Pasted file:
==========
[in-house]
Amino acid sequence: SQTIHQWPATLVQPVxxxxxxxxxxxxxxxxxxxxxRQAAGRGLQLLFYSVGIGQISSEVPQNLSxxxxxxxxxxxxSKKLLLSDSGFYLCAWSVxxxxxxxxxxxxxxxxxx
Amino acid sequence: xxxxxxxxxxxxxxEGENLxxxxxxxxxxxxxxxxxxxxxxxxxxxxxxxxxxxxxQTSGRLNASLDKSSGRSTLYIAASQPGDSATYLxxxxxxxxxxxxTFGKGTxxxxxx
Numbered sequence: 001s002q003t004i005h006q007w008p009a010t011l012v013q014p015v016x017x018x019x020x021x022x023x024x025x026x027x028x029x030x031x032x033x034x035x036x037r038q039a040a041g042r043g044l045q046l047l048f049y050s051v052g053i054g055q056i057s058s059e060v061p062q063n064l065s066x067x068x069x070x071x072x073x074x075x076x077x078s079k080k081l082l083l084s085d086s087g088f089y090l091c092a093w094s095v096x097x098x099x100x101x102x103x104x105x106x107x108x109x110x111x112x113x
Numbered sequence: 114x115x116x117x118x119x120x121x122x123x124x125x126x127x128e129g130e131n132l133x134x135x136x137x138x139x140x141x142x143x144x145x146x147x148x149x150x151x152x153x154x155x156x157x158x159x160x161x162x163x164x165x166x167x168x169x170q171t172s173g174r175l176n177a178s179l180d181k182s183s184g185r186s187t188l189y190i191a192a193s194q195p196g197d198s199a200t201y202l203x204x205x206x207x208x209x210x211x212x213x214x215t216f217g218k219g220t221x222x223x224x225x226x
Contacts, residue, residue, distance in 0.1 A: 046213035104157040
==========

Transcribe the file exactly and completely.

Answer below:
[in-house]
Amino acid sequence: SQTIHQWPATLVQPVxxxxxxxxxxxxxxxxxxxxxRQAAGRGLQLLFYSVGIGQISSEVPQNLSxxxxxxxxxxxxSKKLLLSDSGFYLCAWSVxxxxxxxxxxxxxxxxxx
Amino acid sequence: xxxxxxxxxxxxxxEGENLxxxxxxxxxxxxxxxxxxxxxxxxxxxxxxxxxxxxxQTSGRLNASLDKSSGRSTLYIAASQPGDSATYLxxxxxxxxxxxxTFGKGTxxxxxx
Numbered sequence: 001s002q003t004i005h006q007w008p009a010t011l012v013q014p015v016x017x018x019x020x021x022x023x024x025x026x027x028x029x030x031x032x033x034x035x036x037r038q039a040a041g042r043g044l045q046l047l048f049y050s051v052g053i054g055q056i057s058s059e060v061p062q063n064l065s066x067x068x069x070x071x072x073x074x075x076x077x078s079k080k081l082l083l084s085d086s087g088f089y090l091c092a093w094s095v096x097x098x099x100x101x102x103x104x105x106x107x108x109x110x111x112x113x
Numbered sequence: 114x115x116x117x118x119x120x121x122x123x124x125x126x127x128e129g130e131n132l133x134x135x136x137x138x139x140x141x142x143x144x145x146x147x148x149x150x151x152x153x154x155x156x157x158x159x160x161x162x163x164x165x166x167x168x169x170q171t172s173g174r175l176n177a178s179l180d181k182s183s184g185r186s187t188l189y190i191a192a193s194q195p196g197d198s199a200t201y202l203x204x205x206x207x208x209x210x211x212x213x214x215t216f217g218k219g220t221x222x223x224x225x226x
Contacts, residue, residue, distance in 0.1 A: 046213035104157040